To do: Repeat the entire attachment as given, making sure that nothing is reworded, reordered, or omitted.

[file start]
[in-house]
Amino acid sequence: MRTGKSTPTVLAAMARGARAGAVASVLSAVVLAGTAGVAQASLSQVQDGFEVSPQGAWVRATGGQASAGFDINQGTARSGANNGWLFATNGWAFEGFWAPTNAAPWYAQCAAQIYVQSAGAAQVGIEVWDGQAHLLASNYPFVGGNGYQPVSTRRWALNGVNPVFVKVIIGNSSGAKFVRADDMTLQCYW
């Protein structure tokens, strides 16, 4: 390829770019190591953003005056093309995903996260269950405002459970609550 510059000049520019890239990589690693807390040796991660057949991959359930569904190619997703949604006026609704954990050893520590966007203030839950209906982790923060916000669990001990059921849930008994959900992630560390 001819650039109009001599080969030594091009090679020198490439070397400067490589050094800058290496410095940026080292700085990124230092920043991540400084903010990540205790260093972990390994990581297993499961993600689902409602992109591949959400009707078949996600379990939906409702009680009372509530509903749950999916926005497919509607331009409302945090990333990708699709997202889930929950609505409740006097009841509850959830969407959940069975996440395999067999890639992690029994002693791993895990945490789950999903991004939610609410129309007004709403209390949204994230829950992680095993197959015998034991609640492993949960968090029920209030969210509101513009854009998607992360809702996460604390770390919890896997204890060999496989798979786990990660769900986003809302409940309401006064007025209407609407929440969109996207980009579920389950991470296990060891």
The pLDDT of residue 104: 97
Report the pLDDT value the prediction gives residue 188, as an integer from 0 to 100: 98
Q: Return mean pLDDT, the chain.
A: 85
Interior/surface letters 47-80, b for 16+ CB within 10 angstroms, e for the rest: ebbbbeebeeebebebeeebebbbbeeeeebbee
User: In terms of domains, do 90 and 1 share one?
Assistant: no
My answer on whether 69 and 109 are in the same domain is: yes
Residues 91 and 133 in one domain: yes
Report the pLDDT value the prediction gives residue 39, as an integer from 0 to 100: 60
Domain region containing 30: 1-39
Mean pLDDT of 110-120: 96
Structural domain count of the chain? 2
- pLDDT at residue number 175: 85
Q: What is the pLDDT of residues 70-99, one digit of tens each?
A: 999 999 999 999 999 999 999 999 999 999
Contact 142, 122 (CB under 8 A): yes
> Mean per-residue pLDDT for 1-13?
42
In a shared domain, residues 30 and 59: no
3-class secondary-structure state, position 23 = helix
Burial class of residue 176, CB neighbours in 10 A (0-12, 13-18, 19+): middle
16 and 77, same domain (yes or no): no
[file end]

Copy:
[in-house]
Amino acid sequence: MRTGKSTPTVLAAMARGARAGAVASVLSAVVLAGTAGVAQASLSQVQDGFEVSPQGAWVRATGGQASAGFDINQGTARSGANNGWLFATNGWAFEGFWAPTNAAPWYAQCAAQIYVQSAGAAQVGIEVWDGQAHLLASNYPFVGGNGYQPVSTRRWALNGVNPVFVKVIIGNSSGAKFVRADDMTLQCYW
């Protein structure tokens, strides 16, 4: 390829770019190591953003005056093309995903996260269950405002459970609550 510059000049520019890239990589690693807390040796991660057949991959359930569904190619997703949604006026609704954990050893520590966007203030839950209906982790923060916000669990001990059921849930008994959900992630560390 001819650039109009001599080969030594091009090679020198490439070397400067490589050094800058290496410095940026080292700085990124230092920043991540400084903010990540205790260093972990390994990581297993499961993600689902409602992109591949959400009707078949996600379990939906409702009680009372509530509903749950999916926005497919509607331009409302945090990333990708699709997202889930929950609505409740006097009841509850959830969407959940069975996440395999067999890639992690029994002693791993895990945490789950999903991004939610609410129309007004709403209390949204994230829950992680095993197959015998034991609640492993949960968090029920209030969210509101513009854009998607992360809702996460604390770390919890896997204890060999496989798979786990990660769900986003809302409940309401006064007025209407609407929440969109996207980009579920389950991470296990060891």
The pLDDT of residue 104: 97
Report the pLDDT value the prediction gives residue 188, as an integer from 0 to 100: 98
Q: Return mean pLDDT, the chain.
A: 85
Interior/surface letters 47-80, b for 16+ CB within 10 angstroms, e for the rest: ebbbbeebeeebebebeeebebbbbeeeeebbee
User: In terms of domains, do 90 and 1 share one?
Assistant: no
My answer on whether 69 and 109 are in the same domain is: yes
Residues 91 and 133 in one domain: yes
Report the pLDDT value the prediction gives residue 39, as an integer from 0 to 100: 60
Domain region containing 30: 1-39
Mean pLDDT of 110-120: 96
Structural domain count of the chain? 2
- pLDDT at residue number 175: 85
Q: What is the pLDDT of residues 70-99, one digit of tens each?
A: 999 999 999 999 999 999 999 999 999 999
Contact 142, 122 (CB under 8 A): yes
> Mean per-residue pLDDT for 1-13?
42
In a shared domain, residues 30 and 59: no
3-class secondary-structure state, position 23 = helix
Burial class of residue 176, CB neighbours in 10 A (0-12, 13-18, 19+): middle
16 and 77, same domain (yes or no): no